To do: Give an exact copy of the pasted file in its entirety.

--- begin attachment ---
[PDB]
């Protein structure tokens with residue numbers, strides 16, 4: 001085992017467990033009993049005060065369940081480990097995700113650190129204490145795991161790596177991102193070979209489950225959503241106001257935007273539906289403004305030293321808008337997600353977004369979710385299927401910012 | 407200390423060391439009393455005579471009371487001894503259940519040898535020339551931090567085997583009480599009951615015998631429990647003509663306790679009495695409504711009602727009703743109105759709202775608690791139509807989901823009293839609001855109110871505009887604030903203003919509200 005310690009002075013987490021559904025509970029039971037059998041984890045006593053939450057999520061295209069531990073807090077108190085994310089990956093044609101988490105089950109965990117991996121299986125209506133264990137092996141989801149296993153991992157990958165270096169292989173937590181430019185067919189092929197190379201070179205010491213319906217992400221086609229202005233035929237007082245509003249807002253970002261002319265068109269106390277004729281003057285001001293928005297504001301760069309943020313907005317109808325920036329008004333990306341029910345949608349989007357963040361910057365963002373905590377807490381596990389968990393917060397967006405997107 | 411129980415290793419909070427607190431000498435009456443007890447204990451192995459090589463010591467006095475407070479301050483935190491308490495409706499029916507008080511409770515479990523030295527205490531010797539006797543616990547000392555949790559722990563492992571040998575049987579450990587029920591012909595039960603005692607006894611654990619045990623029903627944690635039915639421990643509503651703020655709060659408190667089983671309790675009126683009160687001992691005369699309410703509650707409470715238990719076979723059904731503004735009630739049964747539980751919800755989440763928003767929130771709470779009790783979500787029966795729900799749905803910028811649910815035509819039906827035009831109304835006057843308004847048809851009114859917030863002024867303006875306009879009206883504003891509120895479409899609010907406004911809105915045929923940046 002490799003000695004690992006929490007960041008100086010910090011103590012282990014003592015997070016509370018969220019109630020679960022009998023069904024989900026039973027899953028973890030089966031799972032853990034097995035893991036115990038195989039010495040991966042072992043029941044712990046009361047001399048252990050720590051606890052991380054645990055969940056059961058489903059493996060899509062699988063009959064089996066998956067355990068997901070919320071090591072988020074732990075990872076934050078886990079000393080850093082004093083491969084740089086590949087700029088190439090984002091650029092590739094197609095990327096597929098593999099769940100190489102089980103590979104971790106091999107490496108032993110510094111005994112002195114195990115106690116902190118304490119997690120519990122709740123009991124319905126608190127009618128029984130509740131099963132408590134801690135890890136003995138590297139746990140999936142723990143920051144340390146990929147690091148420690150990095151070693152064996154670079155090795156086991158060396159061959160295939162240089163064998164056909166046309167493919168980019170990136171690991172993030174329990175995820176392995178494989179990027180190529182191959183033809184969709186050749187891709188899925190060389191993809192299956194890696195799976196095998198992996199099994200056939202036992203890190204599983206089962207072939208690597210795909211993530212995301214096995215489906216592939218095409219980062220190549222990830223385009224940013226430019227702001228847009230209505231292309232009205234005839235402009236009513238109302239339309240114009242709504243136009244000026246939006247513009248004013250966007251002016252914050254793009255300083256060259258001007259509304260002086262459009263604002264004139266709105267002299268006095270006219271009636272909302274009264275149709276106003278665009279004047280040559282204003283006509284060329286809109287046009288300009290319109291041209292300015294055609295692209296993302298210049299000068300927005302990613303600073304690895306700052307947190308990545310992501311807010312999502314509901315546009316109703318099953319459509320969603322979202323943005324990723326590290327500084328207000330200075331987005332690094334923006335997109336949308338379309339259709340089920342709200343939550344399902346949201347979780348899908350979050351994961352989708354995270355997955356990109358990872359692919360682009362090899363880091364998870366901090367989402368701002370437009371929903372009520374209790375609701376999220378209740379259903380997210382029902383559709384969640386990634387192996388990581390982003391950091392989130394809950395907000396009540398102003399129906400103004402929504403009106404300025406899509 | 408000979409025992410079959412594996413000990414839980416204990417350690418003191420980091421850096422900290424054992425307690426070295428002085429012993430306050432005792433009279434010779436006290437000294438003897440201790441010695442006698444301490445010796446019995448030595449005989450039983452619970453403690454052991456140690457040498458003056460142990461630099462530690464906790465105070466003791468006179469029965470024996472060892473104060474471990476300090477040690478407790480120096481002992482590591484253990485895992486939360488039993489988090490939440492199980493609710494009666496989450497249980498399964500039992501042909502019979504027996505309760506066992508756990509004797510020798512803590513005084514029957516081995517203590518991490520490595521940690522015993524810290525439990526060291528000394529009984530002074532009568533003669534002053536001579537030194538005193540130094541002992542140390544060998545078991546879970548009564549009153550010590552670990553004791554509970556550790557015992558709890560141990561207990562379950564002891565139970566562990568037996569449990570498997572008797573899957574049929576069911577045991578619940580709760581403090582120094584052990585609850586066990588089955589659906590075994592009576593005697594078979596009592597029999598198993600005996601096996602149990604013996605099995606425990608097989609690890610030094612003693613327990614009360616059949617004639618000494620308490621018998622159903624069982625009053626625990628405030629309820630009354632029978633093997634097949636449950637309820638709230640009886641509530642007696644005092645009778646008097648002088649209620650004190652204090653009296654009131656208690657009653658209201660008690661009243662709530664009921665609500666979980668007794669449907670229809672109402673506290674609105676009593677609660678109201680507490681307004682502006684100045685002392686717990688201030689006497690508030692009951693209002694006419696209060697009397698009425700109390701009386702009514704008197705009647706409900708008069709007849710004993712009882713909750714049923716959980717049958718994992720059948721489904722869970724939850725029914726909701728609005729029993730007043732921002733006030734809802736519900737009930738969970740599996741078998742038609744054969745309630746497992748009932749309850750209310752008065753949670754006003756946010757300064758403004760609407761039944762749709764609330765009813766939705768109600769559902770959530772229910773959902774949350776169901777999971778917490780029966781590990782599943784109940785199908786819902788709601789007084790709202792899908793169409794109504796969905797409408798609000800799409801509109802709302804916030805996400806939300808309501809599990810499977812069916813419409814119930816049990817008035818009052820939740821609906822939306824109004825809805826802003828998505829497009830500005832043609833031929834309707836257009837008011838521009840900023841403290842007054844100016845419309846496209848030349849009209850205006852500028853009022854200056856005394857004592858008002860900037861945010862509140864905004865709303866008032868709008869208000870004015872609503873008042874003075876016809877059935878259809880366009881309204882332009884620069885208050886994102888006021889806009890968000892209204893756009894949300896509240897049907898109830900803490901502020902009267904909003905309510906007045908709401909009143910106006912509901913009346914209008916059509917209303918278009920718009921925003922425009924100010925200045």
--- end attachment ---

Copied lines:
[PDB]
């Protein structure tokens with residue numbers, strides 16, 4: 001085992017467990033009993049005060065369940081480990097995700113650190129204490145795991161790596177991102193070979209489950225959503241106001257935007273539906289403004305030293321808008337997600353977004369979710385299927401910012 | 407200390423060391439009393455005579471009371487001894503259940519040898535020339551931090567085997583009480599009951615015998631429990647003509663306790679009495695409504711009602727009703743109105759709202775608690791139509807989901823009293839609001855109110871505009887604030903203003919509200 005310690009002075013987490021559904025509970029039971037059998041984890045006593053939450057999520061295209069531990073807090077108190085994310089990956093044609101988490105089950109965990117991996121299986125209506133264990137092996141989801149296993153991992157990958165270096169292989173937590181430019185067919189092929197190379201070179205010491213319906217992400221086609229202005233035929237007082245509003249807002253970002261002319265068109269106390277004729281003057285001001293928005297504001301760069309943020313907005317109808325920036329008004333990306341029910345949608349989007357963040361910057365963002373905590377807490381596990389968990393917060397967006405997107 | 411129980415290793419909070427607190431000498435009456443007890447204990451192995459090589463010591467006095475407070479301050483935190491308490495409706499029916507008080511409770515479990523030295527205490531010797539006797543616990547000392555949790559722990563492992571040998575049987579450990587029920591012909595039960603005692607006894611654990619045990623029903627944690635039915639421990643509503651703020655709060659408190667089983671309790675009126683009160687001992691005369699309410703509650707409470715238990719076979723059904731503004735009630739049964747539980751919800755989440763928003767929130771709470779009790783979500787029966795729900799749905803910028811649910815035509819039906827035009831109304835006057843308004847048809851009114859917030863002024867303006875306009879009206883504003891509120895479409899609010907406004911809105915045929923940046 002490799003000695004690992006929490007960041008100086010910090011103590012282990014003592015997070016509370018969220019109630020679960022009998023069904024989900026039973027899953028973890030089966031799972032853990034097995035893991036115990038195989039010495040991966042072992043029941044712990046009361047001399048252990050720590051606890052991380054645990055969940056059961058489903059493996060899509062699988063009959064089996066998956067355990068997901070919320071090591072988020074732990075990872076934050078886990079000393080850093082004093083491969084740089086590949087700029088190439090984002091650029092590739094197609095990327096597929098593999099769940100190489102089980103590979104971790106091999107490496108032993110510094111005994112002195114195990115106690116902190118304490119997690120519990122709740123009991124319905126608190127009618128029984130509740131099963132408590134801690135890890136003995138590297139746990140999936142723990143920051144340390146990929147690091148420690150990095151070693152064996154670079155090795156086991158060396159061959160295939162240089163064998164056909166046309167493919168980019170990136171690991172993030174329990175995820176392995178494989179990027180190529182191959183033809184969709186050749187891709188899925190060389191993809192299956194890696195799976196095998198992996199099994200056939202036992203890190204599983206089962207072939208690597210795909211993530212995301214096995215489906216592939218095409219980062220190549222990830223385009224940013226430019227702001228847009230209505231292309232009205234005839235402009236009513238109302239339309240114009242709504243136009244000026246939006247513009248004013250966007251002016252914050254793009255300083256060259258001007259509304260002086262459009263604002264004139266709105267002299268006095270006219271009636272909302274009264275149709276106003278665009279004047280040559282204003283006509284060329286809109287046009288300009290319109291041209292300015294055609295692209296993302298210049299000068300927005302990613303600073304690895306700052307947190308990545310992501311807010312999502314509901315546009316109703318099953319459509320969603322979202323943005324990723326590290327500084328207000330200075331987005332690094334923006335997109336949308338379309339259709340089920342709200343939550344399902346949201347979780348899908350979050351994961352989708354995270355997955356990109358990872359692919360682009362090899363880091364998870366901090367989402368701002370437009371929903372009520374209790375609701376999220378209740379259903380997210382029902383559709384969640386990634387192996388990581390982003391950091392989130394809950395907000396009540398102003399129906400103004402929504403009106404300025406899509 | 408000979409025992410079959412594996413000990414839980416204990417350690418003191420980091421850096422900290424054992425307690426070295428002085429012993430306050432005792433009279434010779436006290437000294438003897440201790441010695442006698444301490445010796446019995448030595449005989450039983452619970453403690454052991456140690457040498458003056460142990461630099462530690464906790465105070466003791468006179469029965470024996472060892473104060474471990476300090477040690478407790480120096481002992482590591484253990485895992486939360488039993489988090490939440492199980493609710494009666496989450497249980498399964500039992501042909502019979504027996505309760506066992508756990509004797510020798512803590513005084514029957516081995517203590518991490520490595521940690522015993524810290525439990526060291528000394529009984530002074532009568533003669534002053536001579537030194538005193540130094541002992542140390544060998545078991546879970548009564549009153550010590552670990553004791554509970556550790557015992558709890560141990561207990562379950564002891565139970566562990568037996569449990570498997572008797573899957574049929576069911577045991578619940580709760581403090582120094584052990585609850586066990588089955589659906590075994592009576593005697594078979596009592597029999598198993600005996601096996602149990604013996605099995606425990608097989609690890610030094612003693613327990614009360616059949617004639618000494620308490621018998622159903624069982625009053626625990628405030629309820630009354632029978633093997634097949636449950637309820638709230640009886641509530642007696644005092645009778646008097648002088649209620650004190652204090653009296654009131656208690657009653658209201660008690661009243662709530664009921665609500666979980668007794669449907670229809672109402673506290674609105676009593677609660678109201680507490681307004682502006684100045685002392686717990688201030689006497690508030692009951693209002694006419696209060697009397698009425700109390701009386702009514704008197705009647706409900708008069709007849710004993712009882713909750714049923716959980717049958718994992720059948721489904722869970724939850725029914726909701728609005729029993730007043732921002733006030734809802736519900737009930738969970740599996741078998742038609744054969745309630746497992748009932749309850750209310752008065753949670754006003756946010757300064758403004760609407761039944762749709764609330765009813766939705768109600769559902770959530772229910773959902774949350776169901777999971778917490780029966781590990782599943784109940785199908786819902788709601789007084790709202792899908793169409794109504796969905797409408798609000800799409801509109802709302804916030805996400806939300808309501809599990810499977812069916813419409814119930816049990817008035818009052820939740821609906822939306824109004825809805826802003828998505829497009830500005832043609833031929834309707836257009837008011838521009840900023841403290842007054844100016845419309846496209848030349849009209850205006852500028853009022854200056856005394857004592858008002860900037861945010862509140864905004865709303866008032868709008869208000870004015872609503873008042874003075876016809877059935878259809880366009881309204882332009884620069885208050886994102888006021889806009890968000892209204893756009894949300896509240897049907898109830900803490901502020902009267904909003905309510906007045908709401909009143910106006912509901913009346914209008916059509917209303918278009920718009921925003922425009924100010925200045």